The business secretary argued the UK opposed scrapping the so-called lesser duty rule as it would have “cost British shoppers dear”, including an extra £130m a year on the price of footwear – the equivalent of about £4.80 for each household.
A number of EU countries have been trying to get the rule lifted, as it would allow higher tariffs to be imposed on cut-price Chinese steel being dumped on the world market.
The industry, Labour MPs and unions have blamed Chinese dumping for the crisis facing the steel industry, which has led Tata to announce it is withdrawing from the UK, risking tens of thousands of jobs.
During an emergency debate in the House of Commons, Javid said the UK would consider supporting higher tariffs on steel at an EU level and would keep the evidence under constant review.
But he defended the UK’s commitment to the lesser duty rule – a principle whereby tariffs on all industries are imposed at the lowest level possible to deter dumping in trade disputes.
Labour has said scrapping the lesser duty rule in Brussels could allow duties on steel to be lifted much higher.
Javid said: “I hear a lot in this House about ideology but I am interested in one thing and that’s what actually works. Where the evidence shows that tariffs against unfair trade will make a difference without harming British businesses and British consumers, I will always support them.
“The opposition has repeatedly raised the lesser duty rule but it is something that they had no problem with for many years while they were in government. Scrapping the rule would cost British shoppers dear. It would be raising prices on everyday items we rely on. On footwear, the rule saved British shoppers £130m in one year alone. However, I am more than happy to look at ways of specifically helping the steel industry.”
During the debate, Javid was accused by Labour of an excessively laissez-faire approach to the steel industry. He defended the government’s actions and hinted that moves to procure more British steel for defence projects could be announced in the coming days.
On Monday, he raised the prospect of a “co-investment” with a commercial buyer in Tata Steel’s largest plant in Port Talbot, south Wales. Asked to clarify what this meant, he did not rule out an equity investment, which would amount to part-nationalisation.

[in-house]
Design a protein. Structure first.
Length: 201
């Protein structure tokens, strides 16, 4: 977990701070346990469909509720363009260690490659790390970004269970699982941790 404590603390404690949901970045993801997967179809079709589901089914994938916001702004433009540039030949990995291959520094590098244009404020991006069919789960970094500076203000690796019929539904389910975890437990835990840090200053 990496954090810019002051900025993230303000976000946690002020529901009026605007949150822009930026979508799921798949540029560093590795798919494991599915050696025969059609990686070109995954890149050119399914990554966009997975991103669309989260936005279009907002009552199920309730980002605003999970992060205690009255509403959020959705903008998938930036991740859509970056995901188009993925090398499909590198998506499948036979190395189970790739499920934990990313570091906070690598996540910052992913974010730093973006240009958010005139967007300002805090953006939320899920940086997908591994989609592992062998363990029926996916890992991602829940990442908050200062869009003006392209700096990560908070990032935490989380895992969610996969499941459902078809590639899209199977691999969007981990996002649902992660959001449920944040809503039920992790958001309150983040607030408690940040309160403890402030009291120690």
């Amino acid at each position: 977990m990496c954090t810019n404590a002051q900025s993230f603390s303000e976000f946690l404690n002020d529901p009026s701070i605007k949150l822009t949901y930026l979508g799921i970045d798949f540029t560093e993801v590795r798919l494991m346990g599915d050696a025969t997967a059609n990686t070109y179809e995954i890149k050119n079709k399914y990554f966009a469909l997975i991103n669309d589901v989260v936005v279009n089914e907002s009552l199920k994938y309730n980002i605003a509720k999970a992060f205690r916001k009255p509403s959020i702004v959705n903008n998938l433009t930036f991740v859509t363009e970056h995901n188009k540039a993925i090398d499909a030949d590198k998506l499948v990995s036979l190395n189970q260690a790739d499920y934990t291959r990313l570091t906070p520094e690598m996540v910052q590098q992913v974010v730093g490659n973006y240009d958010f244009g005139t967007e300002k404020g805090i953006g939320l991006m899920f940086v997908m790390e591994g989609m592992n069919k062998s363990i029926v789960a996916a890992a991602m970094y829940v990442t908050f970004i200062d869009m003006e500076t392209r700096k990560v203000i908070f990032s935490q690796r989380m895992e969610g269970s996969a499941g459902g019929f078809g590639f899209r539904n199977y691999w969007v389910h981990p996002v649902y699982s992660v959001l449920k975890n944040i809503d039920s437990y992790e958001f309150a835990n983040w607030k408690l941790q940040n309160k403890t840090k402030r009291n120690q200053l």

“The key point is that any co-investment would have to be on commercial terms, investment can take a variety of forms, for example it could be debt,” he said. “But again it’s a demonstration of all the options the government is looking at.”
Angela Eagle, the shadow business secretary, said: “Call it what you like, co-investing, part-nationalisation, temporary public stewardship or sheltering the assets, it’s clear that the circumstances may require the government to do this. They should spare their ideological blushes and just get on with it.”
Asked by Geraint Davies, Labour MP for Swansea West, whether the government would “socialise” Tata’s pension fund, Javid said: “We are looking at all possible solutions.”
Javid has come under particular criticism during the crisis for going to Australia for a trade trip and short holiday at the time of a board meeting to decide Tata’s future in the UK. He has since been to India to discuss options for the sale of Tata’s UK assets with the company.
On Tuesday, Prince William also raised the plight of the British steel industry during lunch with the Indian prime minister, Narendra Modi.
This article was written by Rowena Mason Political correspondent, for theguardian.com on Tuesday 12th April 2016 16.42 Europe/Londonguardian.co.uk © Guardian News and Media Limited 2010